Nature and wellbeing: 10 reasons why being out in nature is good for you

There is a growing amount of evidence of the positive link between nature and wellbeing. Here are our 10 reasons for why being out in nature is good for you.

Nature and wellbeing often go hand in hand. John Muir, a famous 19th Century mountaineer, spoke in depth about the natural world’s healing properties when it came to the mind, encouraging us to ‘allow nature’s peace to flow into you, as sunshine flows into trees’. The rejuvenating and inspiring properties that the outdoors can provide us with are just as relevant today .

In fact, there is a growing amount of evidence of the positive link between nature and wellbeing. From reducing stress and anxiety to improving sleep, there are countless reasons why spending time outdoors can help improve our fitness and happiness. In this blog, we will explore 10 of the most compelling reasons why being out in nature is good for you.

1. Improve your physical health

person walking outdoors

Whether you go for a walk or engage in outdoor sports, spending time outside in the fresh air can help improve your physical health and wellbeing.

Research shows that being outside can reduce a person’s heart rate and blood pressure, as well as generally lead to a longer life. Spending time outdoors can increase motivation for exercise and improve the enjoyment of physical activity by providing much-needed escapism from everyday life.

2. Reduce feelings of stress, anxiety and low mood

nature and wellbeing

The benefits of connecting with nature also extend to your mental wellbeing. Studies into ecopsychology have shown that exposure to natural environments leads to stress hormone reductions and fewer instances of mental health problems such as anxiety and depression. It can even lead to an enhanced immune system and increased self-esteem.

Natural light has a positive impact on our mental health. There is evidence that vitamin D can improve mood, reduce negative emotions and lessen symptoms of depression. Studies have also shown that walking out doors in natural light to be an effective treatment for individuals who experience Seasonal Affective Disorder (SAD), a form of depression that impacts people at particular times in the year.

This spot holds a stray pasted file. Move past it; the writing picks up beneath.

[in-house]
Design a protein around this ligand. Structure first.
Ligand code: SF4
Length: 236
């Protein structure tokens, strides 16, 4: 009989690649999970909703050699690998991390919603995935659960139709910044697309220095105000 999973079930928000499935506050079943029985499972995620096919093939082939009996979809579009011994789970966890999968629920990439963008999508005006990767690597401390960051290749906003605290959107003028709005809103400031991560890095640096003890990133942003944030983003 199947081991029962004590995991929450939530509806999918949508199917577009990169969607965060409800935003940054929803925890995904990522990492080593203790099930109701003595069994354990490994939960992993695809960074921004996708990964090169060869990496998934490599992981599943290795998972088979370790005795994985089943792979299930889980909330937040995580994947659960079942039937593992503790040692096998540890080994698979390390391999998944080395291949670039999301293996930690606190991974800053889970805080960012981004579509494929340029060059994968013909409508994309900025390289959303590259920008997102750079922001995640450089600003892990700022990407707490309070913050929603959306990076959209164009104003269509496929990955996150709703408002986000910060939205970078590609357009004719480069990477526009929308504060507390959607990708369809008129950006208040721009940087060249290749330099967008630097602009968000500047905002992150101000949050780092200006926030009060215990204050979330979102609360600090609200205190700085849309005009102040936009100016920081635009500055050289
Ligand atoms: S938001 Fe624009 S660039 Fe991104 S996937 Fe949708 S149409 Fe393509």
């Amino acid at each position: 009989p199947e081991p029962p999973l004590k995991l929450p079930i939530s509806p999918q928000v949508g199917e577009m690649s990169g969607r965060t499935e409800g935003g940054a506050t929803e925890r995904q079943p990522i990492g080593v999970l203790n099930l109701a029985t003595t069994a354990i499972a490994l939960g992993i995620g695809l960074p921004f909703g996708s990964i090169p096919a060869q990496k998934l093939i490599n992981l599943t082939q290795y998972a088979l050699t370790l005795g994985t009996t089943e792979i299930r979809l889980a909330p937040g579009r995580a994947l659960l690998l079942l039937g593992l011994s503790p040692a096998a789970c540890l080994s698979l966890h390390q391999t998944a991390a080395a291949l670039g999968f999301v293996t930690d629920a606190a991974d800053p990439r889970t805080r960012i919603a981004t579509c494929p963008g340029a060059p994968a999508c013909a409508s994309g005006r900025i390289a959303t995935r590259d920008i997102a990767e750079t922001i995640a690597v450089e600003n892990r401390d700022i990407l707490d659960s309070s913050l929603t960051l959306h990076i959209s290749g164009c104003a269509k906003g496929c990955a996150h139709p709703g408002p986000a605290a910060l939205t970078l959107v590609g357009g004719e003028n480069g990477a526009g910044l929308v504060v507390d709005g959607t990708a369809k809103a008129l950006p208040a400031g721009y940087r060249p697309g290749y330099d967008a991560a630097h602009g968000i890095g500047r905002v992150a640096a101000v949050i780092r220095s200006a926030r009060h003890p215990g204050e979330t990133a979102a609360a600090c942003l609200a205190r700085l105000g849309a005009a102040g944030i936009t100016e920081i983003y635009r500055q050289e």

3. Relax and be mindful

Two people walking in the forest

Being outdoors can help you to feel grounded. Rather than ruminating or worrying about the future, connecting with nature allows you to be in the present moment.

The Japanese practise a relaxation method called shinrin yoku or forest bathing. This form of ecotherapy involves being present with the natural world whilst calmly acknowledging the trees and wildlife. Research found that forest bathing reduces blood pressure, reduces stress and improves focus and concentration. The research revealed that trees release chemicals called phytoncides, which boost our immune system.

In Japan, shinrin yoku is a national health programme, and the practice continues to gain momentum in the UK. You can find out more about forest bathing on the National Trust’s website.

When you are next spending time outdoors, try shinrin yoku for yourself. Engage your senses in the following ways:

Hear

What can you hear? Perhaps the birds singing or leaves blowing in the wind.

See

What can you see? Perhaps the bees approaching flowers or squirrels climbing trees.

Smell

What can you smell? Perhaps the sweet smell of flowers or the enticing scent of next door's barbeque.

Taste

What can you taste? Pick a blackberry and relish its flavour in Summertime or enjoy a warm cup of tea whilst watching the rain trickle down your window.

Feel

What can you feel? Perhaps the wind flowing through your fingers or the warm sun on your face as you walk through the park.

4. Maintain perspective

Older people holding hands

Being at one with the natural world can help remind us of what is important. It allows us to see the bigger picture and reflect on what matters to us.

Spending time outdoors can enable us to reassess our worries and approach them from a different perspective. It may be useful to ask yourself the question: Is what I am worrying about now really that important in the grand scheme of things?

5. Learn something new

Person holding a butterfly